In an effort to better understand heart disease, researchers like to draw up lists of things linked to an uptick in heart attack rates: earthquakes, heavy meals, outdoor temperatures, participation in war, and, my personal favorite, suffering a favorite team’s loss in the Super Bowl. Traffic and air pollution are also on the list, but it turns out they contribute in a much more significant way to heart attack rates than many other things.
In fact, a study published last week in the journal Lancet finds that traffic and air pollution account for nearly 12 percent of heart attacks worldwide. In comparison, cocaine use accounts for less than 1 percent. Of course, all of us are exposed to air pollution — which raises an individual’s heart attack risk by just 2 percent — while only 0.04 percent of the population use cocaine, which raises an individual’s heart attack risk by 2,400 percent.
“The important message here is that while an individual’s risk from air pollution is moderate or small, each of us is exposed, making the amount of risk intolerable for the entire community,’’ says Dr. Andrea Baccarelli, an associate professor of environmental health at the Harvard School of Public Health, who wrote an editorial that accompanied the study.
The Lancet study found that traffic exposure accounted for the highest percentage of heart attacks — more than 7 percent — followed by extreme physical exertion, excess alcohol use, coffee, and a depressed mood. The Belgian researchers, however, couldn’t tease out whether it was the frustration of sitting in traffic that contributed to heart attack risk or the exposure to air pollutants.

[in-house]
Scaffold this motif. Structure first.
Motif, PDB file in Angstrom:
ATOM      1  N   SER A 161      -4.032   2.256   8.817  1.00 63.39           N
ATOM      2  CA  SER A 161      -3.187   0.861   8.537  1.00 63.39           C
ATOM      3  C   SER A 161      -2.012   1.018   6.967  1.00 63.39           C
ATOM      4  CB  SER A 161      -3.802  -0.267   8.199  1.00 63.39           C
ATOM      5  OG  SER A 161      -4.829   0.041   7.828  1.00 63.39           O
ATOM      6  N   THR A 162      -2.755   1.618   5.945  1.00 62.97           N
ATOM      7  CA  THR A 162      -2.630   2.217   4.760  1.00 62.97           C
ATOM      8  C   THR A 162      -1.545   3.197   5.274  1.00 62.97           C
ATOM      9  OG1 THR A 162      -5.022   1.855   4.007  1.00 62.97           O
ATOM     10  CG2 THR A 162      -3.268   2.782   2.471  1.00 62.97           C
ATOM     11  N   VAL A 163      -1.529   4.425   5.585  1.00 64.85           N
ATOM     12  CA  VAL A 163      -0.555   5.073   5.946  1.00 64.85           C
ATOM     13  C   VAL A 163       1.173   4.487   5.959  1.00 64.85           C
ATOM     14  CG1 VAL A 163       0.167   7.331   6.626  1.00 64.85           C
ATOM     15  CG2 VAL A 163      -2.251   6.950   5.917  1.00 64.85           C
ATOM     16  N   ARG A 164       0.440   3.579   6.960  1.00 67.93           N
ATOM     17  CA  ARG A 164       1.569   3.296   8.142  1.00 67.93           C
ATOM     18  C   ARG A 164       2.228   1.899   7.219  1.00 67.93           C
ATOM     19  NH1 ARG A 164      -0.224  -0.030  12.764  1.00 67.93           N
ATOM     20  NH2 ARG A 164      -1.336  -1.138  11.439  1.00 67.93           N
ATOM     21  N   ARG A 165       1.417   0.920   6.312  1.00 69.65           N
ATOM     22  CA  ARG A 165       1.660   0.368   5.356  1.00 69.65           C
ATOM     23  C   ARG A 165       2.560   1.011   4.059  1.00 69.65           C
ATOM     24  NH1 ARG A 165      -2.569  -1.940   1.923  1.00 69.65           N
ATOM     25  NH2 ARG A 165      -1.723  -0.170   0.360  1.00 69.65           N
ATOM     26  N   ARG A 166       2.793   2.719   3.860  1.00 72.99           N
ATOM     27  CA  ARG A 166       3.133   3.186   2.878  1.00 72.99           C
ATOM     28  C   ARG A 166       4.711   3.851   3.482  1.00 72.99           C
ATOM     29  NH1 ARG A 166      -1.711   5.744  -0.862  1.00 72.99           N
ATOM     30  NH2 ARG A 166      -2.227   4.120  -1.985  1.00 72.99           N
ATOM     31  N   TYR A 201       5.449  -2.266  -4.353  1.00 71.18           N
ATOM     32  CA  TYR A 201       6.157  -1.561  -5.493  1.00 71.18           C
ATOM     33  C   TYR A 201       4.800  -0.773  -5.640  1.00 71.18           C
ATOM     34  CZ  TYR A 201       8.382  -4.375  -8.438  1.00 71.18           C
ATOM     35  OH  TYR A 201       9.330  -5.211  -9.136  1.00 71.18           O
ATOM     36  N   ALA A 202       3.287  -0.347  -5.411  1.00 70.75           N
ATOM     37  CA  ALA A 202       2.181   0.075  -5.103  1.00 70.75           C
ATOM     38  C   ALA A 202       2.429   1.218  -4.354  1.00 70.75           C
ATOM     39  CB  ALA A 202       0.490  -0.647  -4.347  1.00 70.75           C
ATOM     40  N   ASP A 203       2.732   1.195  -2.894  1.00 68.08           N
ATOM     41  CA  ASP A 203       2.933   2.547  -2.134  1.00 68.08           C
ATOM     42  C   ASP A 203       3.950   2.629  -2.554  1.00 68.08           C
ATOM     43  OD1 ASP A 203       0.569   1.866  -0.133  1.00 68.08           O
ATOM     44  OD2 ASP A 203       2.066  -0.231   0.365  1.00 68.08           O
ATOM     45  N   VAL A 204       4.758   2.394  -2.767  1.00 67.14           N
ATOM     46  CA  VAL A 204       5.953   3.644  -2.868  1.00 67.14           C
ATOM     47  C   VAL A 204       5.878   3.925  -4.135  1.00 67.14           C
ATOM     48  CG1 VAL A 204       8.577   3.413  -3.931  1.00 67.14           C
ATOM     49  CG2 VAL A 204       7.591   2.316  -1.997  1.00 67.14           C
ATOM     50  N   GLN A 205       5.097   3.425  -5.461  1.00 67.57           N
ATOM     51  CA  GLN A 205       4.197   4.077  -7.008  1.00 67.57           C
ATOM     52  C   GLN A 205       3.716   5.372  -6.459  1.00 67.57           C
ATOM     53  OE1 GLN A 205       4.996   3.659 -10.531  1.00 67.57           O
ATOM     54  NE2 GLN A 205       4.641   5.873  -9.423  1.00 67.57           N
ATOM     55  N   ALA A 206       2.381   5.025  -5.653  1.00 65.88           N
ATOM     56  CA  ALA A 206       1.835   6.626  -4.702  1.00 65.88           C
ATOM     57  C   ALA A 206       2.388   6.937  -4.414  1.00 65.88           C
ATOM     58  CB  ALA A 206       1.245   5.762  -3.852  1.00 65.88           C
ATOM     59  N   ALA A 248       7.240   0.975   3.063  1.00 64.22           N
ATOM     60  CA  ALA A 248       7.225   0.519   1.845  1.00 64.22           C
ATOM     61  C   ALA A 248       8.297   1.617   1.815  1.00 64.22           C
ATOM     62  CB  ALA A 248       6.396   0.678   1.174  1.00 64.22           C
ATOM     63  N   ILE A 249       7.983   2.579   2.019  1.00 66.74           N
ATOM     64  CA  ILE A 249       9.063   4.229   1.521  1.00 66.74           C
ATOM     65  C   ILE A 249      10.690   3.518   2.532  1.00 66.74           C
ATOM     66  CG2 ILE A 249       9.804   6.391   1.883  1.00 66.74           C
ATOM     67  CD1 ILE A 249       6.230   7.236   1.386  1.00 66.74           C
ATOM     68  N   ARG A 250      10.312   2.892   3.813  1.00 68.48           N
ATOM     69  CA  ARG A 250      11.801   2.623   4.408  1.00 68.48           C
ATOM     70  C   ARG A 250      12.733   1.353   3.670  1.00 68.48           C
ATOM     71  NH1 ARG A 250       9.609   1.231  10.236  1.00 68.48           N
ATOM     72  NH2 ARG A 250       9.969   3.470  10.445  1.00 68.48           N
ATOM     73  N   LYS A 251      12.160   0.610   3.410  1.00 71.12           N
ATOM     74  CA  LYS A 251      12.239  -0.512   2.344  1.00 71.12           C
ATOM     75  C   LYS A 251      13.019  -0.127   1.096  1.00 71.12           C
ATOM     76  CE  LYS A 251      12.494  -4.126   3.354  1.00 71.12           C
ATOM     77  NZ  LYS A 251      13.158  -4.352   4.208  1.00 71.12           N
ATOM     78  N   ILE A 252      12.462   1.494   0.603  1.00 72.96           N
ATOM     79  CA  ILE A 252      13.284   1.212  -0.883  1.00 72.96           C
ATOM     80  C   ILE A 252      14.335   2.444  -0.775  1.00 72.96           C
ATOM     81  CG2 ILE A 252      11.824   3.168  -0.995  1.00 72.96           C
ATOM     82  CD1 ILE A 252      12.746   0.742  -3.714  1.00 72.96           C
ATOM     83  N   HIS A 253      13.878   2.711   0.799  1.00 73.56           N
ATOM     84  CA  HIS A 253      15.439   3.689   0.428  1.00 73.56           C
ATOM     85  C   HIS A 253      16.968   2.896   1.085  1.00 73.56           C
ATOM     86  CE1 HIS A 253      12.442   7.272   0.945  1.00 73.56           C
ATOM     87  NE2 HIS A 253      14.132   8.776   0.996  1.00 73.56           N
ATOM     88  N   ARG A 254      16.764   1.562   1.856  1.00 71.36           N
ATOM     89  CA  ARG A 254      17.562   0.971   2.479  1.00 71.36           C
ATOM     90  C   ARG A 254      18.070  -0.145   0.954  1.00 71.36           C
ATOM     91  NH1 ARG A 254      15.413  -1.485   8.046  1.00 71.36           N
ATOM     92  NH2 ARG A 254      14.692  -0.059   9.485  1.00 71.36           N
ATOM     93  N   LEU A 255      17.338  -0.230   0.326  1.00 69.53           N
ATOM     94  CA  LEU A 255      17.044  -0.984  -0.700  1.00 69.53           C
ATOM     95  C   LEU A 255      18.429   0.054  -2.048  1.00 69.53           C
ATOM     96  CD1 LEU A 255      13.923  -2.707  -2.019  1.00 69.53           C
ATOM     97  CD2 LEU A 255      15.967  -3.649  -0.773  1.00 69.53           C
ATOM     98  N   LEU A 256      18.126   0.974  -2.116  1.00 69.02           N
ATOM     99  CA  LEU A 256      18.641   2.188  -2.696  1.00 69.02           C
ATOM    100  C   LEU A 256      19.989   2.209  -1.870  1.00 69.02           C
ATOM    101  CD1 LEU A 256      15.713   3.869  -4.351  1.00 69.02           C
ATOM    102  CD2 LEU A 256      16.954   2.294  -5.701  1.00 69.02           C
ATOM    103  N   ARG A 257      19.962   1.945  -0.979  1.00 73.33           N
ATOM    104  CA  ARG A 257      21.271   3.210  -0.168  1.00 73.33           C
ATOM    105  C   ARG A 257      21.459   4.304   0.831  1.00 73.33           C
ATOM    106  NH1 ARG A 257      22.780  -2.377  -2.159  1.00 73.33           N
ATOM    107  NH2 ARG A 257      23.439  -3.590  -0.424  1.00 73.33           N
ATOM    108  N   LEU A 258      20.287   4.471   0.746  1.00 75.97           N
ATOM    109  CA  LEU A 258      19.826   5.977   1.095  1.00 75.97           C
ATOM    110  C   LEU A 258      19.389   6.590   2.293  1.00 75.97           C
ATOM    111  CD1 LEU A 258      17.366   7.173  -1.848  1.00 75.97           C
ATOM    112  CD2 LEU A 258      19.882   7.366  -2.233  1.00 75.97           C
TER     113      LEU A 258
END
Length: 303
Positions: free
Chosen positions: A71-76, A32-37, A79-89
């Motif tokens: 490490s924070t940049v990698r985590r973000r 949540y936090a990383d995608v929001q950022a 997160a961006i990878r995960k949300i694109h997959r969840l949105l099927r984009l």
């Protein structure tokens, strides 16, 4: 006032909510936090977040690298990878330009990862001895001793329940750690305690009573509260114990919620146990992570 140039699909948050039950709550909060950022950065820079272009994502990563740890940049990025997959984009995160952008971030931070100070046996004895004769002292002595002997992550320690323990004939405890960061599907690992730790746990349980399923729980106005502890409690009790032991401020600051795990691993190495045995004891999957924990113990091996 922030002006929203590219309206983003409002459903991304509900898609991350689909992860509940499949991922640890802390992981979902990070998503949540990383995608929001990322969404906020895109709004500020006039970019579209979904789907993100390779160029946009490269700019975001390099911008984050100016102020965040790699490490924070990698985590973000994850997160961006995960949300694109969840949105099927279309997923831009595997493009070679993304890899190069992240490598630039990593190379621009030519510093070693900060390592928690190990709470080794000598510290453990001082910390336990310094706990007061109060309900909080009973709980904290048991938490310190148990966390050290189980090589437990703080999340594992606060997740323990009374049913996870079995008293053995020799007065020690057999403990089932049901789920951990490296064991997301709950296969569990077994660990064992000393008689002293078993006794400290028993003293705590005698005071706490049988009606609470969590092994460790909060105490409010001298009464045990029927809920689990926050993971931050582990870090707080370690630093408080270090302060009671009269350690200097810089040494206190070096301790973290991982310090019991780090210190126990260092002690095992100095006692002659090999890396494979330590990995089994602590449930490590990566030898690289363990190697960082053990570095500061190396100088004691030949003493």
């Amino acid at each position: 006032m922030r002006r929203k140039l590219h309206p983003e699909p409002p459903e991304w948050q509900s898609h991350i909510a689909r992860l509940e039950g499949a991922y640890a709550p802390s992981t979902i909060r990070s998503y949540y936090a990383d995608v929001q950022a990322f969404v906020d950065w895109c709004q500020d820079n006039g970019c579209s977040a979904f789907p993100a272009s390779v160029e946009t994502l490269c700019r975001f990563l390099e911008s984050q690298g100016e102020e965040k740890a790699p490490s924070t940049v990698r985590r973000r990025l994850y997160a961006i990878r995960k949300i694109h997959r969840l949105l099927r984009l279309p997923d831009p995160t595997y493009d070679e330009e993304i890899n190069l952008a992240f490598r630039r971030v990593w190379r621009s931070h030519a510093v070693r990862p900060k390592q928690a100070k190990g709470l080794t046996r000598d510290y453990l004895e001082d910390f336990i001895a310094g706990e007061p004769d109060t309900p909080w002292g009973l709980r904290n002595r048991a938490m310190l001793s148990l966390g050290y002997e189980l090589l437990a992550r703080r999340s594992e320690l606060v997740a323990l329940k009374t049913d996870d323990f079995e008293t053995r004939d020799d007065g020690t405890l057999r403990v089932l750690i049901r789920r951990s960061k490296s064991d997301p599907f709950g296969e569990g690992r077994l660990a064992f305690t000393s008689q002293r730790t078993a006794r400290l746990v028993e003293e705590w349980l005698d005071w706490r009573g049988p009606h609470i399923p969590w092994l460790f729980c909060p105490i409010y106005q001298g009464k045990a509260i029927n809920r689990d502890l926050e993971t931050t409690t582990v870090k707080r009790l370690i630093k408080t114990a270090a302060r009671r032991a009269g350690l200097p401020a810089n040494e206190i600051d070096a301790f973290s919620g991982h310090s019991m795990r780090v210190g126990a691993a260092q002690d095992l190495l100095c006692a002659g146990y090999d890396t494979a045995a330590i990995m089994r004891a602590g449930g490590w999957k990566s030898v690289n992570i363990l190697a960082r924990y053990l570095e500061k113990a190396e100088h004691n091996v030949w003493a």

Air pollutants may contribute to heart attack risk by promoting inflammation and increasing blood clotting, says Baccarelli. These are both processes involved in the formation of unstable artery plaque, often involved in heart attacks. Air pollutants also appear to attach to lung cell receptors, sending a signal to the heart that the body is in trouble.
“Studies have shown that people experience changes in heart rate on days when air quality is low,’’ Baccarelli adds. Those particularly susceptible to the heart-damaging effects of pollution include the elderly, who have weaker hearts, and people who are obese, because they have higher levels of inflammation as well as more strain on their hearts.